At Loch Katrine

Off to Loch Katrine, in the footsteps, this time, of Scott. Scott was a great one for going to beautiful places, collecting quaint stories about them, and weaving them up into best-selling romances. The consequence was that his readers would set off to have the same experience, romancing the landscape with the aid of his poetic imagination, carefully memorized, or extracted conveniently into a guidebook. This sort of tourism is mostly not tied very tightly to the author; it’s fun if you know the story of how Scott went as a tourist himself to the famous beauty-spot of the defile of the Trossachs (famous, I think because unlike the rest of the Highlands, it provides a habitat for a number of tall, deciduous trees) which leads to a beautiful loch running roughly northwards and beautified by a small island, but it’s not essential to the literary tourist experience.

It was the unparalleled success of Walter Scott’s The Lady of the Lake in 1810 that marked the beginning of tourist interest in landscapes and locations associated with Scott’s works.  To this day, the little town of Callander, gateway to the Trossachs, boasts a Waverley Hotel, an Abbotsford Lodge, and so on, in homage to the writer who brought it so much profit. Nowadays not much survives of this great Victorian enthusiasm. The steamer named the ‘Sir Walter Scott’, built in the 1890s, still chugs across Loch Katrine in the summer carrying tourists from the Trossachs up to Stronachlar. Rags of quotation from Scott’s poems describing the landscape appear on plaques which have been installed in front of all the best views, and the heroic concrete stag couched as the foreground of the magnificent view from the turreted Trossachs Hotel is captioned with Scott’s famous opening lines, ‘The stag at eve had drunk his fill/ Where danced the moon on Monan’s rill’. In every direction, including Victoria’s Royal Cottage, are outcrops of hunting lodges and holiday villas built of the fabric of Abbotsfordian fantasy, and it is just possible to catch the sound of the faint whisk of phantom crinolines along the winding paths criss-crossed with trickling water and upholstered with moss, ferns, and rhododendrons, in between the whizzing wheels of today’s mountain-bike. But on the whole, Victorian romance seems to have faded along with the mass-appeal of The Lady of the Lake itself. Ungratefully, the gift-shop on the pier, though well-stocked with other books, was selling no Scott whatsoever when I visited. Visitors and proprietor alike appeared unaware that even the names of Loch Katrine and its presiding mountain Ben A’an owe their form to Scott’s metrical necessities, and that the English place-names blandly recorded on the Ordnance Survey map to this day – Ellen’s Isle, the Silver Strand – derive from Scott’s poem rather than ancient usage. The Trossachs has lapsed back from poetic ground into mere picturesqueness.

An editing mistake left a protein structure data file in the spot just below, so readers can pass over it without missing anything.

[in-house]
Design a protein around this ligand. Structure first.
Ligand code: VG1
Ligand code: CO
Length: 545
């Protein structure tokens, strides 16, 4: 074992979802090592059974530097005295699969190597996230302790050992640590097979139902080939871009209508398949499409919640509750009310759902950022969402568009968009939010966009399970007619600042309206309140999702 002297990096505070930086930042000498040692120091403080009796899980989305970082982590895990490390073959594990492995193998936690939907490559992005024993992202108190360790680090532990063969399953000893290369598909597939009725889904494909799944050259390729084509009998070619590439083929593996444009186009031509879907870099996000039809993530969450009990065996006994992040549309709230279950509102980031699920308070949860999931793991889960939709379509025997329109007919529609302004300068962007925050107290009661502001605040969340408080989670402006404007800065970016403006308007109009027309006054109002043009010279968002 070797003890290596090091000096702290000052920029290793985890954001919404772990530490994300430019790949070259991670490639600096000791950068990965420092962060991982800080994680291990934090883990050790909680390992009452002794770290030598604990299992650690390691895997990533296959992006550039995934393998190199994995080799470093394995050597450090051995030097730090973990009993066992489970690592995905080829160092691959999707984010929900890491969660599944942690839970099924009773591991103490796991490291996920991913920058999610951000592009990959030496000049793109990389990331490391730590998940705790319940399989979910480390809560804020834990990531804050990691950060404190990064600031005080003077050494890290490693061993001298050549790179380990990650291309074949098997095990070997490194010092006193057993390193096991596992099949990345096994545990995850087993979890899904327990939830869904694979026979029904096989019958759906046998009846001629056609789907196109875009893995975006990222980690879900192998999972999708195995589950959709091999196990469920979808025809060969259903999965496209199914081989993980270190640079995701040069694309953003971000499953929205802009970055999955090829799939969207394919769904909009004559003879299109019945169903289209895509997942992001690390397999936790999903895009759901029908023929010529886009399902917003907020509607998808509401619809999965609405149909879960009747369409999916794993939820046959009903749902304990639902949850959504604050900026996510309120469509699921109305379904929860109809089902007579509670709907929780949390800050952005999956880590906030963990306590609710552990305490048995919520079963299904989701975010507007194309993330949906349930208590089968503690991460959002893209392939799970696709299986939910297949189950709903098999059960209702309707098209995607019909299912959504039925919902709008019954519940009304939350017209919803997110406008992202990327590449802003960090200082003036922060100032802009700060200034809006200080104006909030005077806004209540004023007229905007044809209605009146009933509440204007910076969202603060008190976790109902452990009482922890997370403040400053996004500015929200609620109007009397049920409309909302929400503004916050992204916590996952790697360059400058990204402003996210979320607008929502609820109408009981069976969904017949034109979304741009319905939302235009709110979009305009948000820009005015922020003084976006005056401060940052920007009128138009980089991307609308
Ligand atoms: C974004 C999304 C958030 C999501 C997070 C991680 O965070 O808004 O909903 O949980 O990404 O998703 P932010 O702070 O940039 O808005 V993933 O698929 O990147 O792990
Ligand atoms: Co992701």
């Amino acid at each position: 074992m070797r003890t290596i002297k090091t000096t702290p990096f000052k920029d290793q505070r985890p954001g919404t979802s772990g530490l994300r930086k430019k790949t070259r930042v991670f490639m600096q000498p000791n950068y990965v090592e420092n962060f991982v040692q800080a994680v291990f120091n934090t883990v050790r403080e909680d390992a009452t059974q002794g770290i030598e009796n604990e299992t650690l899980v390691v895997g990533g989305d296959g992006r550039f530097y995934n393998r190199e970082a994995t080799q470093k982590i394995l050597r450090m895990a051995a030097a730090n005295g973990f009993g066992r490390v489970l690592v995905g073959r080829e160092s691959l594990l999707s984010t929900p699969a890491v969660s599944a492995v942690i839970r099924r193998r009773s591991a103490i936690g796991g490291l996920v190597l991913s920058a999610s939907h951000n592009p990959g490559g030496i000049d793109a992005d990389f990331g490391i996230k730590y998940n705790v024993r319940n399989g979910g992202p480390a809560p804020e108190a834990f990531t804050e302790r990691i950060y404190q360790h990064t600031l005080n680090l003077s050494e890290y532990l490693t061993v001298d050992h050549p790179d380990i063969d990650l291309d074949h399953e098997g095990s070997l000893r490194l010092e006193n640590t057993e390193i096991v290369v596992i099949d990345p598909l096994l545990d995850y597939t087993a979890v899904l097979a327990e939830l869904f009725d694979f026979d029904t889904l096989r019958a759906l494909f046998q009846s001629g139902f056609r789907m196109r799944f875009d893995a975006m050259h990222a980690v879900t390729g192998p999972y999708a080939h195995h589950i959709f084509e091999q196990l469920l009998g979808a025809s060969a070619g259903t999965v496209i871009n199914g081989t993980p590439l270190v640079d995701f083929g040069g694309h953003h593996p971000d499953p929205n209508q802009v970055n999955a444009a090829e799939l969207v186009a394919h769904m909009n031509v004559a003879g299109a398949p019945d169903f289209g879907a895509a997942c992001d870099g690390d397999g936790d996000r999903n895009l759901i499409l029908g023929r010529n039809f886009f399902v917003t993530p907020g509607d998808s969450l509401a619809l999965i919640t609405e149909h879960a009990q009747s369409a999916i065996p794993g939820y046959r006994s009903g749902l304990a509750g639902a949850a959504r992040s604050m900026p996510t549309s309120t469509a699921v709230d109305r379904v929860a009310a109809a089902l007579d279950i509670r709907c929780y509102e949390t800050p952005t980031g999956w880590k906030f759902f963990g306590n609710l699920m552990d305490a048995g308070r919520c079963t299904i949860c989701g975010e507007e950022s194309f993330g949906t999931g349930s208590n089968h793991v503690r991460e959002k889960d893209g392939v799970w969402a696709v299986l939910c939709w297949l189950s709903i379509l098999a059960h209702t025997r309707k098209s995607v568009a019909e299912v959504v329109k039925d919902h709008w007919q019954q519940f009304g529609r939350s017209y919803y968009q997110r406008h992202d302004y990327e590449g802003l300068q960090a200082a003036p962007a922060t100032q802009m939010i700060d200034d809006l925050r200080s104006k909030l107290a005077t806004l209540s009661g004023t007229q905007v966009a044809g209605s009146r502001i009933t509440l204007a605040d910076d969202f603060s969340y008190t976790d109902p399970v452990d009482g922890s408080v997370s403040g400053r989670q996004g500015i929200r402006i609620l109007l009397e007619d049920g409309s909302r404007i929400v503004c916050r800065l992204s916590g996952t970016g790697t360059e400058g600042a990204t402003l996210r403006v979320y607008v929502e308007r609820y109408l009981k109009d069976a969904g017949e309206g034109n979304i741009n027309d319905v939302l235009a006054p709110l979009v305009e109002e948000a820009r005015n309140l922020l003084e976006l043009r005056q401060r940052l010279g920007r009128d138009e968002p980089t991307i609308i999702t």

The story of the rise of tourism associated with The Lady of the Lake is in miniature the story of a changing relationship of literary tourist to landscape. The eighteenth-century appreciation of the picturesque in scenery was overlaid by the pleasures of sentimental narrative mixed with historical romance. Under Scott’s influence, the Scottish landscape was newly filled with poetic and historic associations, associations which the highly-tuned sentimental traveller would now be expected to have vibrating at his or her nerve-endings. Victorians now saw the landscape associatively, in terms of historical narrative, in a spirit of romantic documentary. Historical anecdote and folk tradition entwined charmingly with enchanting creatures of imagination. Travel within such a landscape now promised an escape into the romance of the past, and with it the possibility of reinvigorating everyday modern existence. To step out of a carriage in the Trossachs was to breathe in a heady gasp of the air of the past. Breeches melted away in imagination into kilts, muslins into charming plaids. For a whole century or more, despite reality — the mines, the lime-works, the marble quarry, the Chinese bridge in the grounds of the house at the west end of the lake, Duneira — it would be almost impossible and entirely undesirable to see the region of Loch Katrine in any other way than, to quote James Lumsden’s Guide to the Romantic Scenery of Loch Lomond (1831), as ‘a country which [Scott’s] genius has made classic.’

Also on Scott see

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